Farwah Jafri | December 7 2022
Depreciation is a devaluation of an asset over a period of time. Your tangible assets like equipment, vehicles, building, furniture, and machinery are all examples of depreciable assets. If you own an asset used for income-producing activity, it will depreciate as well. According to the IRS, you have to deduct an amount from the asset’s depreciable value when you prepare your taxes.
According to the IRS, certain intangible assets can also be depreciated over the passage of time such as copyrights, patents, and computer software. But certain assets cannot be depreciated.
The IRS does not allow you to recover the cost for certain assets which cannot be depreciated.
Let’s break down the assets which are depreciable and which are not according to IRS.
Businesses only depreciate some of their assets. The low-cost items having a short lifespan are mostly recorded as business expenses. This is because these expenses can be written off in a year when they are incurred.
The IRS has strict guidelines regarding which assets cannot be depreciated and which ones can have their value deducted.
To have a better understanding, look at the kind of assets that depreciate and the ones that will depreciate over time.
As per IRS, the following assets will be considered depreciable assets:
– Office Building
– Buildings rented out for income (both commercial and residential property)
If you have made any changes to the rented property, you become eligible to depreciate them.
These are the assets that can be claimed as depreciable property when you file taxes if any of these are used by you for business or income production purposes.
For instance, if a business owner’s property is used for personal use, such as a summer home or a vacation house for himself and his family, then this property cannot be claimed as a depreciable asset.
However, if the same property is rented out commercially for a few months, then it can be claimed as a depreciable property but just a portion of the total cost.
Let’s have a look at the assets that cannot be depreciated:
According to the IRS, the land is considered a non-depreciable asset because “it does not wear out, become obsolete, or get used up.” However, some kinds of preparation costs are attached, which may be counted as depreciable costs, such as landscaping costs, etc.
Your home or car that you have purchased for your personal usage is not considered a depreciable asset. But, if you are using any kind of vehicle for business purposes, then the IRs will allow you to claim a portion of the cost of that particular vehicle as a depreciable asset.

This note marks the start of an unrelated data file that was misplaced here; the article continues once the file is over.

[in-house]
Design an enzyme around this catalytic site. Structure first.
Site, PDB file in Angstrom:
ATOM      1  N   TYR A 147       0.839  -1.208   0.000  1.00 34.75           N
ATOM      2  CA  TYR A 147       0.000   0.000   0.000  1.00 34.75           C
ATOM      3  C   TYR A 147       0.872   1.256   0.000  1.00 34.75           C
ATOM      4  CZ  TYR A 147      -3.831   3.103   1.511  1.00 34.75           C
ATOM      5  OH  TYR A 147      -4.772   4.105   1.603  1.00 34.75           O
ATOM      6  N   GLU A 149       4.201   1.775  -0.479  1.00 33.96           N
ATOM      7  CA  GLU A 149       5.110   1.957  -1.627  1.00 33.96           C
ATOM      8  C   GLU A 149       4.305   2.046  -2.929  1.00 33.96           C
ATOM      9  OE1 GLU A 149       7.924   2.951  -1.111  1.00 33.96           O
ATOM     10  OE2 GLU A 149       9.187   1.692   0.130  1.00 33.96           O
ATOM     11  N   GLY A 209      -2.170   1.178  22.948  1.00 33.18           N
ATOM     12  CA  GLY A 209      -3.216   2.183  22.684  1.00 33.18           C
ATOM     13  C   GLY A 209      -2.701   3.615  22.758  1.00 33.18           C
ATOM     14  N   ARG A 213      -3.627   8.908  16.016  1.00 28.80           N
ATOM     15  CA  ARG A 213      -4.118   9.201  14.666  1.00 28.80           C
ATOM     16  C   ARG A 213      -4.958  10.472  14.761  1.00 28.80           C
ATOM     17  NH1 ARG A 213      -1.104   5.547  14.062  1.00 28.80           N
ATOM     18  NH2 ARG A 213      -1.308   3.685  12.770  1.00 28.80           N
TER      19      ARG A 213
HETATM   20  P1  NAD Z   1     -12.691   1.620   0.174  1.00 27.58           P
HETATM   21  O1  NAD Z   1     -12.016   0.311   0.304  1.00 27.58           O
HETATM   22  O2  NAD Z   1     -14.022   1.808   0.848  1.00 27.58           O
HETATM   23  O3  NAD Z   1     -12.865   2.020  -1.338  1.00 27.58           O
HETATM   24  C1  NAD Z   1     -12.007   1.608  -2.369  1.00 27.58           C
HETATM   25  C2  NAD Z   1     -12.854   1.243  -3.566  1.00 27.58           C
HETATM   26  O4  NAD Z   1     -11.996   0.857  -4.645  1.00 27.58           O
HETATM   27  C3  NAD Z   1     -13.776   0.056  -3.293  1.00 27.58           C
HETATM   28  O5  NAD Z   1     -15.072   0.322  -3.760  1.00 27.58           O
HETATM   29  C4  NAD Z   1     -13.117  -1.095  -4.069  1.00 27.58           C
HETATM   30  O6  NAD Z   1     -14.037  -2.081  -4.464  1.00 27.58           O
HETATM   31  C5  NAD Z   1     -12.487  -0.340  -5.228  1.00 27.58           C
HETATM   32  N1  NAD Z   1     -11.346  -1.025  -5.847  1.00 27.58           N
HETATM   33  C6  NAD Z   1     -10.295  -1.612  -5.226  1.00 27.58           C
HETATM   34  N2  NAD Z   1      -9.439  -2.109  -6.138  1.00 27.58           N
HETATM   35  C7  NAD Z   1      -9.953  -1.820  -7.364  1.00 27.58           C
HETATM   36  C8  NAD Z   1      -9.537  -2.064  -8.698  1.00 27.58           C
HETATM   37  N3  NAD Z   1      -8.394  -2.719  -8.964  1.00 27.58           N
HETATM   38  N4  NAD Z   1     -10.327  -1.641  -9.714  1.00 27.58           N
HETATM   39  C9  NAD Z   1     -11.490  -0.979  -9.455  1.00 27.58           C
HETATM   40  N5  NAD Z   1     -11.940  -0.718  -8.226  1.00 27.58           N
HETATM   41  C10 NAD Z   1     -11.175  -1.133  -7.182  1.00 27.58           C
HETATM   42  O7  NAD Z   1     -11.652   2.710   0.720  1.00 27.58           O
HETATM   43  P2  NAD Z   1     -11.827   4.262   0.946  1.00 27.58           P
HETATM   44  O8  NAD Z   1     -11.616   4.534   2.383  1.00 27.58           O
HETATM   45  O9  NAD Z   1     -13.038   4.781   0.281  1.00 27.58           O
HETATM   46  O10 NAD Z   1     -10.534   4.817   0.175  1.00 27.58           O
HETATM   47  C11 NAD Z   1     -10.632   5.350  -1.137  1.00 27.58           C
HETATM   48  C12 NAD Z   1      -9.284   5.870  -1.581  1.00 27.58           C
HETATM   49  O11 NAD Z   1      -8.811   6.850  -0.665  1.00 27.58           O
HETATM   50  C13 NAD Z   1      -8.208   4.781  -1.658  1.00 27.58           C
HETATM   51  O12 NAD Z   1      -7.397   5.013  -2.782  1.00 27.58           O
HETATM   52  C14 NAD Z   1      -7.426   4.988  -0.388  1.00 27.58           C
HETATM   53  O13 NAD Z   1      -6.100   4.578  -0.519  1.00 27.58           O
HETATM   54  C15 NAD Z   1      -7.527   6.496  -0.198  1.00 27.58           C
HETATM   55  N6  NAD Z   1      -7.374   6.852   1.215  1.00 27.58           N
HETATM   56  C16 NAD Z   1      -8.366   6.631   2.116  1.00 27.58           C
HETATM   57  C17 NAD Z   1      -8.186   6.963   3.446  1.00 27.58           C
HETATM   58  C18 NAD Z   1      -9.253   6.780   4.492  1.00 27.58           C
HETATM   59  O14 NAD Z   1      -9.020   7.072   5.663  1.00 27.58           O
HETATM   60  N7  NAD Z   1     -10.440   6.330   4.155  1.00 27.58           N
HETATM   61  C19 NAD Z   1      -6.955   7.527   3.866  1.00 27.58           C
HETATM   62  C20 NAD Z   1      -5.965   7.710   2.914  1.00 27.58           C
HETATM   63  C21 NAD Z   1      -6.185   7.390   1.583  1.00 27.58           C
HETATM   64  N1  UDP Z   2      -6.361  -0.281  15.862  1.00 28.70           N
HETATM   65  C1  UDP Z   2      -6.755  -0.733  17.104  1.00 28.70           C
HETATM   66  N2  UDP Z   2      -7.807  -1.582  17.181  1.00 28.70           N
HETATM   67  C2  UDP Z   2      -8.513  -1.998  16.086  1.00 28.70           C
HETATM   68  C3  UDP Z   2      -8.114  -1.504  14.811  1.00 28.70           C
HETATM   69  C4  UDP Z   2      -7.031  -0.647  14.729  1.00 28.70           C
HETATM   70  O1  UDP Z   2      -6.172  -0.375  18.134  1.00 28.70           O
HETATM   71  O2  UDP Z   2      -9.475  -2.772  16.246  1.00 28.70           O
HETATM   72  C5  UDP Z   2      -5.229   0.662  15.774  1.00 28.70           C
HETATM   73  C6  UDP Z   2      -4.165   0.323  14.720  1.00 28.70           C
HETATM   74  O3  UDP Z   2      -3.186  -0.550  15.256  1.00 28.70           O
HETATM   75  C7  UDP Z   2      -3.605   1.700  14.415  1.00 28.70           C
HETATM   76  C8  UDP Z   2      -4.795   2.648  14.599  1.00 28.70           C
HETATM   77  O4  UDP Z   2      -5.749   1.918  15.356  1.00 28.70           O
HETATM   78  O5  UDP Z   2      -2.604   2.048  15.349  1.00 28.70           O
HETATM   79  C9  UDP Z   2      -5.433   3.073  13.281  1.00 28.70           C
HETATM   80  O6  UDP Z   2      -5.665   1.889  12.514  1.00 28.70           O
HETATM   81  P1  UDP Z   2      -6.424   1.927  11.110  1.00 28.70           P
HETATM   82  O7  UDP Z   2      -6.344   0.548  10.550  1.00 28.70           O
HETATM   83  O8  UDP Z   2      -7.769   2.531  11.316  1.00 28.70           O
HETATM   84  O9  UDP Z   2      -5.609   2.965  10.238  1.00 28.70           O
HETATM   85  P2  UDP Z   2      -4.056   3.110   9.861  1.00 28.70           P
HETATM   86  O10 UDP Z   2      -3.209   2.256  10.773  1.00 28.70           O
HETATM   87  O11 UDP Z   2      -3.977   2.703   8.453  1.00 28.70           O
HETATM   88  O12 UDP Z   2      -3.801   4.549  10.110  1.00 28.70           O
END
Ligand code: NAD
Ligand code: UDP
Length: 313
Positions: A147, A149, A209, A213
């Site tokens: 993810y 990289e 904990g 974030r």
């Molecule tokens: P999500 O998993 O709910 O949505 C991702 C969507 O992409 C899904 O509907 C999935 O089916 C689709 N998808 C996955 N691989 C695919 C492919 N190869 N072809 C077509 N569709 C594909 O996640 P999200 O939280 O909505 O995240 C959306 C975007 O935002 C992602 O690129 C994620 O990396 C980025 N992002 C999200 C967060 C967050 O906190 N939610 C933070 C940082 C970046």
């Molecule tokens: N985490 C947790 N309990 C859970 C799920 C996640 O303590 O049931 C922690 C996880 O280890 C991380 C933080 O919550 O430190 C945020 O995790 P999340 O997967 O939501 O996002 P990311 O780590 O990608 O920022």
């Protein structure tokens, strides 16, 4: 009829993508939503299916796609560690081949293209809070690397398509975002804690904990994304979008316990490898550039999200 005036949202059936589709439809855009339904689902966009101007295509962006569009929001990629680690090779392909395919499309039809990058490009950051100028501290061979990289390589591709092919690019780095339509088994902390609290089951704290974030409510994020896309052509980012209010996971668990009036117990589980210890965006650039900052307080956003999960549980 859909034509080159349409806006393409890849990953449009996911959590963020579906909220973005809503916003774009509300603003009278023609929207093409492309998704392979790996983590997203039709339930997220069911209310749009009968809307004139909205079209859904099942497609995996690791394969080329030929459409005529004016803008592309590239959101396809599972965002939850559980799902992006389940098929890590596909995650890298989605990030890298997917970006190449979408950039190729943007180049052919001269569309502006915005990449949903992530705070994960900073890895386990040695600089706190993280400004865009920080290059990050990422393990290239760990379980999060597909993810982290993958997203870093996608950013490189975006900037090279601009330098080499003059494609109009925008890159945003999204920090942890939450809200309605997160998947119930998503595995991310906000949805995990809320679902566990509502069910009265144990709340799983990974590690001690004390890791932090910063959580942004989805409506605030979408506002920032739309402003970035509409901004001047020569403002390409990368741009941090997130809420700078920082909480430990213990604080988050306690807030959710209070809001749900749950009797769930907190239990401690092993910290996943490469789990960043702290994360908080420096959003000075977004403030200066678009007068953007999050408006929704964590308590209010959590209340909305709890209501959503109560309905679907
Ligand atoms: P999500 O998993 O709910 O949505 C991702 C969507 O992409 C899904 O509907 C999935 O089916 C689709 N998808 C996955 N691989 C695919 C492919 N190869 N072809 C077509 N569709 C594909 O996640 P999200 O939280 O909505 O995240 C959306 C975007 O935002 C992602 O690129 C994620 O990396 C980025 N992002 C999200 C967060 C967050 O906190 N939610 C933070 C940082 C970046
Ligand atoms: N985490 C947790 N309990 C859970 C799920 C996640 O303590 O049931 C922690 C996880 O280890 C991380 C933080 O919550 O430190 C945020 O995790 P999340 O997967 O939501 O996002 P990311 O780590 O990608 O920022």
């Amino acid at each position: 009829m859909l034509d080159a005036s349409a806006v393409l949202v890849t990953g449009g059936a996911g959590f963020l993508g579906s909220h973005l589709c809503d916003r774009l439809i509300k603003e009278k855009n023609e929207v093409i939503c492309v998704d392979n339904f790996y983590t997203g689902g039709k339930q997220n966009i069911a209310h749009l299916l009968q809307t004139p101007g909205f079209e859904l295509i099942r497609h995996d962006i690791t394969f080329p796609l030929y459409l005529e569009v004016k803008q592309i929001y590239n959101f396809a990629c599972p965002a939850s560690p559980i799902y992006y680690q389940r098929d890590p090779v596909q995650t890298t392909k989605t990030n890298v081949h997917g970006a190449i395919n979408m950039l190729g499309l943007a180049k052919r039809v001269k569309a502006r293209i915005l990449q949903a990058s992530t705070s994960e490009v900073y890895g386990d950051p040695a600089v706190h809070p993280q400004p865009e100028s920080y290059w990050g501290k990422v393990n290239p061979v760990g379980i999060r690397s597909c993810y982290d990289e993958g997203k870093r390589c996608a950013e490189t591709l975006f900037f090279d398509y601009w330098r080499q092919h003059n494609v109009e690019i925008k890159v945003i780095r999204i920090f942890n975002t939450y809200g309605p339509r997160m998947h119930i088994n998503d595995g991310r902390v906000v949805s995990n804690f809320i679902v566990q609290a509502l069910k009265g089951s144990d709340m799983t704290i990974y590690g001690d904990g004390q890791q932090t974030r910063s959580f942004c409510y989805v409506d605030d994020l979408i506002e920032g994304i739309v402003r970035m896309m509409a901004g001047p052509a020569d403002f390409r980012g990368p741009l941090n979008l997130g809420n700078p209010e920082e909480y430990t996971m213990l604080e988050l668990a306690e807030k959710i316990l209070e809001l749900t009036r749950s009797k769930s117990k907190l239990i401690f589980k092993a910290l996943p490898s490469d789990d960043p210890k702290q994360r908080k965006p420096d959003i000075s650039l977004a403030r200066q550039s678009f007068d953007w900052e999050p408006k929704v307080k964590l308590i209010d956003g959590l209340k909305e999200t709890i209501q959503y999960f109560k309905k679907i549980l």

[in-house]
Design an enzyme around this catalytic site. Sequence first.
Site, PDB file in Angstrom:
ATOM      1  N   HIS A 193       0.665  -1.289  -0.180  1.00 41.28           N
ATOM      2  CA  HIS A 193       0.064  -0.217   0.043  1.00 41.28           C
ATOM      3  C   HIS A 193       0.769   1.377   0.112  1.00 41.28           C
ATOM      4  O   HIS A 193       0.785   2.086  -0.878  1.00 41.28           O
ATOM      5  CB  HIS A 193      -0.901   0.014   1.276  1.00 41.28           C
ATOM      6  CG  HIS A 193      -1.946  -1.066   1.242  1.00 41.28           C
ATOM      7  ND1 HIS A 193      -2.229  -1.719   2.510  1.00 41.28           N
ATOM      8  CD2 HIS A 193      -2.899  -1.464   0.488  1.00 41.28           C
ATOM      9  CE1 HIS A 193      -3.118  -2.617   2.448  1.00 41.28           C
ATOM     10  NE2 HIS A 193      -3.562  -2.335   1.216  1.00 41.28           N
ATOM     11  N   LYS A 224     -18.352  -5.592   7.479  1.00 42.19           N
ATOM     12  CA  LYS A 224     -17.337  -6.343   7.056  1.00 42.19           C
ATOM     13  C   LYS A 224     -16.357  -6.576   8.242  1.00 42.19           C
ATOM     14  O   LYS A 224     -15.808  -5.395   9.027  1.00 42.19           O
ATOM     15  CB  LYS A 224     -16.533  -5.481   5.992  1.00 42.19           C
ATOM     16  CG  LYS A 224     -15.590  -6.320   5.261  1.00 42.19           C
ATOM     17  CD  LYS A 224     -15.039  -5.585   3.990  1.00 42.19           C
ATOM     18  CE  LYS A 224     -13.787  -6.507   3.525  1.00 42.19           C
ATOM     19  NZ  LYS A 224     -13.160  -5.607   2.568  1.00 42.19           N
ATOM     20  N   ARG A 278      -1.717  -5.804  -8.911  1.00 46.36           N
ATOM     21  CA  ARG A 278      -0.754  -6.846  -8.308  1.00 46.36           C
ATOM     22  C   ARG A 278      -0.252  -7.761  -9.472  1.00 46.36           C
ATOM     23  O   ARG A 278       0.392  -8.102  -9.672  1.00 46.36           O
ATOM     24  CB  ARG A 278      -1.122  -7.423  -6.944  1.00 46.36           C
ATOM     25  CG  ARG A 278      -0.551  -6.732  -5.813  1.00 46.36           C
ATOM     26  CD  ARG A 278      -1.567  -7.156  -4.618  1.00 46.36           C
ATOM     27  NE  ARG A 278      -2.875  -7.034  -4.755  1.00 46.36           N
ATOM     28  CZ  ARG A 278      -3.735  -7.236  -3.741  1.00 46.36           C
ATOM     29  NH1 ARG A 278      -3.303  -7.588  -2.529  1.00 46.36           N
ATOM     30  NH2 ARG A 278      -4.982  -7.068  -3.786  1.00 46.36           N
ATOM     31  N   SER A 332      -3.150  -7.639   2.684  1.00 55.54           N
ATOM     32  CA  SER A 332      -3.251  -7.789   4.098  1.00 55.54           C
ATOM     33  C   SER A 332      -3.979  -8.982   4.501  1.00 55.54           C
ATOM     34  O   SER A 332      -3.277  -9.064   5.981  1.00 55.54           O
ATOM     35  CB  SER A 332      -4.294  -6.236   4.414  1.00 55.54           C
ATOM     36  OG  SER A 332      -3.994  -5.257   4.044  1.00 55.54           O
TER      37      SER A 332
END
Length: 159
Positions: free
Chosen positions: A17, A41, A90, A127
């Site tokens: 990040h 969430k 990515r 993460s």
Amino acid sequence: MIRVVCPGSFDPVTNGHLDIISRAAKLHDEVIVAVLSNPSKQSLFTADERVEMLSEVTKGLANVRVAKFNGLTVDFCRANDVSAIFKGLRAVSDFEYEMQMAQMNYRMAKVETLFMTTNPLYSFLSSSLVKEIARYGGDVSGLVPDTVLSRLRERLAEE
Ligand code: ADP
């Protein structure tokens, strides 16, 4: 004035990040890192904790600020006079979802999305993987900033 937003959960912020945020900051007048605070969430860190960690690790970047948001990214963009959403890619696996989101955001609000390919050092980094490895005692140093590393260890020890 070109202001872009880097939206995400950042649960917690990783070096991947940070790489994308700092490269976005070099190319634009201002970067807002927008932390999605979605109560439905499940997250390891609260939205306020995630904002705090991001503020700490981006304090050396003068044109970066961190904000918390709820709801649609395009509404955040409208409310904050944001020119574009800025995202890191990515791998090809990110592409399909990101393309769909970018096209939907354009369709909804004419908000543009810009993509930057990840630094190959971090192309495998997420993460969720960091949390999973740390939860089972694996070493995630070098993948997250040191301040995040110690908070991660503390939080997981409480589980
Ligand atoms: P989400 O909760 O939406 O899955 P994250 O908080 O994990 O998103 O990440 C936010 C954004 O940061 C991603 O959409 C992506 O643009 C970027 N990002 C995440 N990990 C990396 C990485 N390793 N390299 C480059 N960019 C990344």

Precious items like art pieces and coins are often considered non-depreciable assets.
Any kind of investments made into bonds and stocks are non-depreciable assets; therefore, they cannot be claimed while filing taxes.
All the current assets, like receivables and cash in hand, cannot be claimed as depreciable assets.
Depreciable assets are basically business assets that are eligible for depreciation. According to IRS Publication 946, the asset must meet a few mandatory requirements to qualify as depreciable property.
The agency provides a list of requirements that can help you determine whether your possession will be claimed as a depreciable or non-depreciable asset while claiming taxes.
Have a look:
– The asset is under your ownership
– The asset is used for conducting business or in the production of income
– The asset has a life expectancy of more than a year.
– The asset must have “a determinable useful life.”
If you have an asset that meets the above requirements, then according to the IRS, you need to start to depreciate them whenever they are considered “in use or service” for business purposes or for the production of income.
For instance, if you purchased equipment back in 2021 and still haven’t used it until 2022, then you will be able to make a claim of the asset being depreciable in 2021 as it was not in use.
It is a known phenomenon that assets become obsolete after a designated period of time and need to be replaced.
Fixed assets like vehicles and equipment are a considerable expense for any business. Assets start depreciating as soon as they come to use. Depreciation is calculated in the recovery cost incurred by the assets over their useful life. This is mainly used as a sinking fund in order to replace the asset at the end of its useful life or whenever you decide to replace it.
One of the main reasons for calculating depreciation is that it reduces the tax burden as it lowers the taxable income. However, depreciation is a non-cash expense; therefore, it does not have an effect on the cash flow.
It is for a business owner’s own benefit to know which assets can be depreciated and which assets are non-depreciable. This will help the business in the long run to avoid any kind of high expenses and high variable financial results.
Read Also: A Simplified Guide To What Is Tax Invoice, Its Key Elements & Purpose
Farwah is the Product Owner of Monily. She has an MBA from Alliance Manchester Business School, UK. She is passionate about helping businesses overcome challenges that hamper their growth, which is why she is working at Monily to facilitate entrepreneurs to efficiently manage business finances and stay focused on growth.